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Mayor Makes Bid for Supervisor Seat

Burbank Mayor Konstantine Anthony announced Wednesday his bid for supervisor for Los Angeles County’s 5th district, taking on Kathryn Barger who has been on the Board of Supervisors since 2016 and is running for a third and final term in the March 5, 2024 primary election.
In the role, Anthony would serve as one of five County Supervisors, the executive and legislative heads presiding over the largest and most complex county government in the country. The Board of Supervisors is the governing body of Los Angeles County.
Anthony’s vision for his work on the board includes bringing his experiences and successes from Burbank to the county level, with an emphasis on housing solutions, green infrastructure, and community-based policing.
“I feel we’ve gone far at the city level, but if we really want to address homelessness, housing, transportation, environmental and green technology, and community-based policing, there’s only so much the city can do. I believe the next level of support comes from the county,” Anthony told the Leader.
Anthony is determined to break up the internal gangs of the Los Angeles County Sheriff’s Department by “replacing deputy stations in over-policed neighborhoods with local law enforcement joint powers agreements,” Anthony said in a press statement announcing his campaign.
Anthony argues that local police forces like the Burbank Police Department are more effective in providing community-oriented services at a lower cost.
His proposal: Work with local municipalities to form a “joint powers authority” that would effectively seek to replace the presence of local sheriff’s stations in contract cities such as Montrose with police from nearby towns like Burbank, Glendale and Pasadena, who have their police forces.
“The Sheriff’s Department costs these small cities a lot of money,” Anthony said.
Jury awards for bad behavior by the sheriff’s deputies have skyrocketed, he added. “We don’t see those same million-dollar jury awards against smaller police departments like Burbank, Glendale and Pasadena. Now, insurance companies are charging a much higher price to have a contract city maintain their police force with the sheriff’s deputies,” Anthony said.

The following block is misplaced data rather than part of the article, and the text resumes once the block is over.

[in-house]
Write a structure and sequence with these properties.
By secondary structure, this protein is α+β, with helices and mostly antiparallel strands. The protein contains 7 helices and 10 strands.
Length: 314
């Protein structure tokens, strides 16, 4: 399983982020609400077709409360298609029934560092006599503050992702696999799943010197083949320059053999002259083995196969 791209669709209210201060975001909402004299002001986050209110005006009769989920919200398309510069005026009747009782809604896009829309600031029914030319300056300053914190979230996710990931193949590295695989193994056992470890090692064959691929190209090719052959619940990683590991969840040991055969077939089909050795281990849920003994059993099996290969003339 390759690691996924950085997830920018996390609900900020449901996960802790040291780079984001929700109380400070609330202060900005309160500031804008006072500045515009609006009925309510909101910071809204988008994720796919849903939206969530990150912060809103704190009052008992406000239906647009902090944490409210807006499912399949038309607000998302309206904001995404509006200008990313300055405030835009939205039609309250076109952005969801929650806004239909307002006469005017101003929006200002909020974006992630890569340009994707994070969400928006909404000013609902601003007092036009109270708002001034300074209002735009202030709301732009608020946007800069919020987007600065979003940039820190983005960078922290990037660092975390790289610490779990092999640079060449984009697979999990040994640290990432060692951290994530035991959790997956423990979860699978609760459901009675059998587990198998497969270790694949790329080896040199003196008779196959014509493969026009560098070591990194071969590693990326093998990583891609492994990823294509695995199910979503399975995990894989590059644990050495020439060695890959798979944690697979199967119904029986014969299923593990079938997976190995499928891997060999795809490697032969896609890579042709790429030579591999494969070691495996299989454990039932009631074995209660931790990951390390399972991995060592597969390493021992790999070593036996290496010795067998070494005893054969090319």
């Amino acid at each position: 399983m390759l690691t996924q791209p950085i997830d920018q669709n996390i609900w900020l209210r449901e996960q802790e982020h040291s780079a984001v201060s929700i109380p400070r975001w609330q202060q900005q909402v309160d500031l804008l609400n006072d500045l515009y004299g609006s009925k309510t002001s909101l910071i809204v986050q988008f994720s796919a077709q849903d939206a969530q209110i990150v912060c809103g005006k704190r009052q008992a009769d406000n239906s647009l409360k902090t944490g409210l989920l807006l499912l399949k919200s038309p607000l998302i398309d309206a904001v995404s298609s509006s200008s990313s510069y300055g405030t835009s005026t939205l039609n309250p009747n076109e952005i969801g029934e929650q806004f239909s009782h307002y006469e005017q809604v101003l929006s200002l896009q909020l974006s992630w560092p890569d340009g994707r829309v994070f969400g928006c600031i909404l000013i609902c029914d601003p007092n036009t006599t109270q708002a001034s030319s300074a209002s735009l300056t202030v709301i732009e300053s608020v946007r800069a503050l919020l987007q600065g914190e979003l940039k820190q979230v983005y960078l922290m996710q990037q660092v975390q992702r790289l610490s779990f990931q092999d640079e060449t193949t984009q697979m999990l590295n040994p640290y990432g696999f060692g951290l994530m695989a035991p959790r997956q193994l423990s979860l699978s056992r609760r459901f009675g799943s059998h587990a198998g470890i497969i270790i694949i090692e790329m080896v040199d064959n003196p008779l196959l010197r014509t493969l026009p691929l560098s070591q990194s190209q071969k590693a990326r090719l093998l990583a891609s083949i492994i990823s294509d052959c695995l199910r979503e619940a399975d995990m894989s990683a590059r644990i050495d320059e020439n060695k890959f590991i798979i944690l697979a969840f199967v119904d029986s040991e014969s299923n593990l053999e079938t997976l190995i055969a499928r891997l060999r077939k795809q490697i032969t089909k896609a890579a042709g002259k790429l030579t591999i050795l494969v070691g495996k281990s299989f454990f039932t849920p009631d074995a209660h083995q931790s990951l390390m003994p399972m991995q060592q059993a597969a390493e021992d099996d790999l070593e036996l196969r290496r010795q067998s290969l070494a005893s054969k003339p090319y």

According to Anthony, costs are increasing for small cities who hope to maintain a contract with the Sheriff’s Department for law enforcement service. A single sheriff’s deputy now costs the taxpayers $358,000 per year, a figure double what it was 10 years ago, according to department data.
“There’s no reason why the County Board of Supervisors can’t take the money that it would spend on the sheriff’s deputy station and directly fund an expansion of say, the Glendale police force to contract with a city like Montrose — they’re right next door,” Anthony told the Leader.
“If the county were to help those smaller police forces, which do a much better job at community relations, at keeping their uses of force very low, keeping their officer complaints very low, then that’s what I believe the Board of Supervisors should be doing.”
In addition to reforming the structure of policing in L.A. County, Anthony also has a plan to tackle affordable housing construction and endorses massive investments in homeless services.
“In Burbank, one of the great successes that we’ve had with homelessness is our services-first approach,” Anthony told the Leader. “A lot of other cities tend to think that enforcement needs to come first. And I’ll say that a few years back, Burbank had the same policy. When we switched our approach and started with compassionate services and outreach, we became very successful in bettering the homeless situation.”
Burbank partners with local service providers like Home Again L.A., Ascencia, and Street Plus to identify the needs of those living on the streets and proactively offer available services such as emergency and supportive housing, employment case management and addiction services. This approach, Anthony says, has resulted in a lower number of individuals experiencing homelessness in Burbank as of the most recent count.
“In fact, Burbank was one of the few cities in L.A. County that actually reduced their homeless population last year. Given my background, having been homeless myself and having also worked on the city level to help our unhoused population, I think that makes me uniquely qualified to sit on the Board of Supervisors, because this is a regional problem. It’s not just within the borders of one city,” Anthony said.
Recently, Anthony voted to allocate more than $1.8 million in federal funding toward the creation of Burbank’s first homeless shelter.
Anthony also hopes to bring his experience in green technology to aid the county in advancing environmentally friendly practices and infrastructure throughout Los Angeles. In his statement, he added that he “looks forward to approving the construction of solar and wind farms across Antelope Valley and the High Desert region to create good-paying union jobs.”
On Monday, April 3, Anthony will host an event to launch his campaign for supervisor at the Inkwell Tavern in Burbank. For event details, visit konstantineanthony.com.

First published in the April 1 print issue of the Burbank Leader.

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